In many prior art athletic shoes where the rigidity of the sole tended to pull the heel of the shoe from the wearer's heel, drawstrings or elastic were placed in the cuff 50 of the shoe drawing the opening tight about the heel of the user. This approach caused the cuff of the shoe to cut into the achilles tendon placing the tendon under lateral pressure which was extremely uncomfortable for the wearer and reduced the effective strength and mobility of the achilles tendon. The present invention as shown in FIG. 4 entirely eliminates pressure on the achilles tendon and relies on the natural physiological shape of the heel to counteract the tendency of the shoe to slide down the heel.
A feature of the invention which is of particular use in a rock climbing shoe is best shown in FIG. 5. For rock climbing, in order to maintain the greatest stability, the shoe is sized to be extremely tight on the foot of the wearer. In the present invention the center of rotation for bending of the shoe is located in the sole at point A, when weight is placed on the toe portion of the shoe causing the preloaded toe portion of the sole to move from location 16 to location 16 A as shown in phantom in FIG. 5. Depiction in the drawing is exaggerated for clarity. The rotation of the sole is about point A. The rotation of the foot of the user, however, is about a point in the interior of the foot, based on the joint locations, designated point B. As a result of the upward flexing of the sole the effective size of the shoe with respect to the foot is significantly reduced. In a present embodiment of the invention employed in a rock climbing boot a reduction in size of one-half to one and one-half full sizes results. The size change is best seen in the representative lengths of arc 52 for the shoe in the preloaded toe down state and arc 54 with the preloaded toe flexed upwardly by placement of weight on the toe portion of the sole. This feature allows the shoe to fit relatively comfortably with the shoe in an "unloaded" condition. When weight is placed on a toe hold by the climber, the sole flattens and the shoe automatically tightens gripping the foot for greater stability.
Other features of the invention as previously described also operate to maintain the conformance of the upper of the shoe to the foot in the preloaded toe down condition and in the flexed condition with weight on the one portion of the shoe. The cutouts in the lips defining the closure in the upper previously described are drawn open with the sole in the preloaded toe down condition. Again using the example of a climbing boot this is best seen in FIG. 6a, which shows the climbing shoe in the unweighted toe down preload condition prior to placing the climber's weight on a toe hold 56. The elastic web in the cutout is placed in tension when the cutout is drawn open by tightening the shoe about the instep. As seen in FIG. 6b when the climber places weight on the forward portion of the sole on the foot hold and the sole flattens from the preloaded, toe down condition. The elastic web in the cutout contracts to maintain tension in the lips of the upper. The sides 30a and 30b of the cutouts are drawn together about the vertex 30c of the cutout.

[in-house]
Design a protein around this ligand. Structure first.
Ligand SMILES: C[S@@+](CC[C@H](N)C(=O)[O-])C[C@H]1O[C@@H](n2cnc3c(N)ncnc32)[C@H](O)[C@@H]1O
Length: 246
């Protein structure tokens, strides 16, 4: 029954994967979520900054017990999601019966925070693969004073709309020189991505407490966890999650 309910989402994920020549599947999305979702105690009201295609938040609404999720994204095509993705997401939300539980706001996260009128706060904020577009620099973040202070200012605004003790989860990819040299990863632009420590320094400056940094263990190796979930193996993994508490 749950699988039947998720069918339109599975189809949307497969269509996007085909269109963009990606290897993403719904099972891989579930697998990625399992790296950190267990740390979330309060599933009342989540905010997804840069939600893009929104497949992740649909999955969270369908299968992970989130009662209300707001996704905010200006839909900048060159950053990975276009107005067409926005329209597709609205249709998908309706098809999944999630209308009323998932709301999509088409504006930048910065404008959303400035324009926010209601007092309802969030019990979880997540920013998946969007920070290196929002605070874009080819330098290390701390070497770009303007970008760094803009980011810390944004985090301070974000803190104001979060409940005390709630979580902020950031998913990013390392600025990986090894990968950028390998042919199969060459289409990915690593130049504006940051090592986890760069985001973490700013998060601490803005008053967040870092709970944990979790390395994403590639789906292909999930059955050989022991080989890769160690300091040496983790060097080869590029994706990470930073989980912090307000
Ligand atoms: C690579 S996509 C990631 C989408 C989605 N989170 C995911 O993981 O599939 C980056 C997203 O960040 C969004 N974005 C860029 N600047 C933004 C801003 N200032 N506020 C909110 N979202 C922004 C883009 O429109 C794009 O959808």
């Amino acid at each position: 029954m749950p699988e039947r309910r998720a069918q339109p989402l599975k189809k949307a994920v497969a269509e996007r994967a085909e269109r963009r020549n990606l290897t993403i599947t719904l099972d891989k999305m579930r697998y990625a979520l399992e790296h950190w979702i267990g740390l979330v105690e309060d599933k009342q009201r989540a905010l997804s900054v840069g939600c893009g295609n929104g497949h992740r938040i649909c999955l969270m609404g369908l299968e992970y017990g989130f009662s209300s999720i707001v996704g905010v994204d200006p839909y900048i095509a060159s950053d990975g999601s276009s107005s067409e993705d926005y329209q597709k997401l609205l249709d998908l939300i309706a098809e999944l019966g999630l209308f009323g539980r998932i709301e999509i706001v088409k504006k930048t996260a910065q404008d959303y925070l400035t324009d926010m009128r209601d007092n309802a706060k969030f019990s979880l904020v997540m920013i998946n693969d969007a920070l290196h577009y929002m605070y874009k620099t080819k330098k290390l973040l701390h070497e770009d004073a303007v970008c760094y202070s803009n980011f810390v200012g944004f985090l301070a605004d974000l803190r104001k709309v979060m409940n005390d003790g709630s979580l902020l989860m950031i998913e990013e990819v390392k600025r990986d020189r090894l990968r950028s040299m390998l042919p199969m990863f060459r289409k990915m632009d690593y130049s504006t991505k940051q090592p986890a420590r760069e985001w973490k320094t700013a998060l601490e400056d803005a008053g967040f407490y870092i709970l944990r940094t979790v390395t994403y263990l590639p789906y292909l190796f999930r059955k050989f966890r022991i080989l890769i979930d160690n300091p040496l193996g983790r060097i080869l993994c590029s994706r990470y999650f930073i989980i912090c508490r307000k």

The staggered lacing holes previously described contribute to maintaining uniform tension in the upper across the instep of the wearer. Tension in the laces in the alternating upper and lower holes is maintained essentially constant in both the loaded and unloaded position of the shoe. If the laceholes were colinear, as in conventional shoes, tension in the laces would vary between alternating holes causing discomfort to the wearer and possible undesirable wear of the laces. Those skilled in the art will recognize that the laces employed in the embodiment shown in the drawings may be replaced by velcro straps of alternating lengths attaching to the upper at the positions of the upper and lower laceholes or alternate similar closure techniques.
The embodiment of the invention in rock climbing shoes is particularly advantageous in that the toe down preload of the sole also provides natural positioning of the foot and toes for use as a "hook" in over-hanging rock maneuvers. The toe down shape is additionally the natural shape for "jamming" in cracks. Prior art climbing shoes or boots required that the climber fight the positive rocker of the sole to point the toe for jamming in the crack. Muscle control of the foot is somewhat degraded in the supinated position of the foot used in crack jamming which further debilitates the climber when fighting the positive rocker in prior art shoes. The present invention provides optimum natural positioning of the foot.
The present invention as described is the result of kinesiological evaluation of the mechanical advantage needed to supplement the musculature of the foot for improved athletic performance. The invention has been described in detail as required by the patent statutes and those skilled in the art will recognize modifications or alterations of the invention to meet specific needs. Such modifications and alterations are within the scope and intent of the invention as described in the following claims.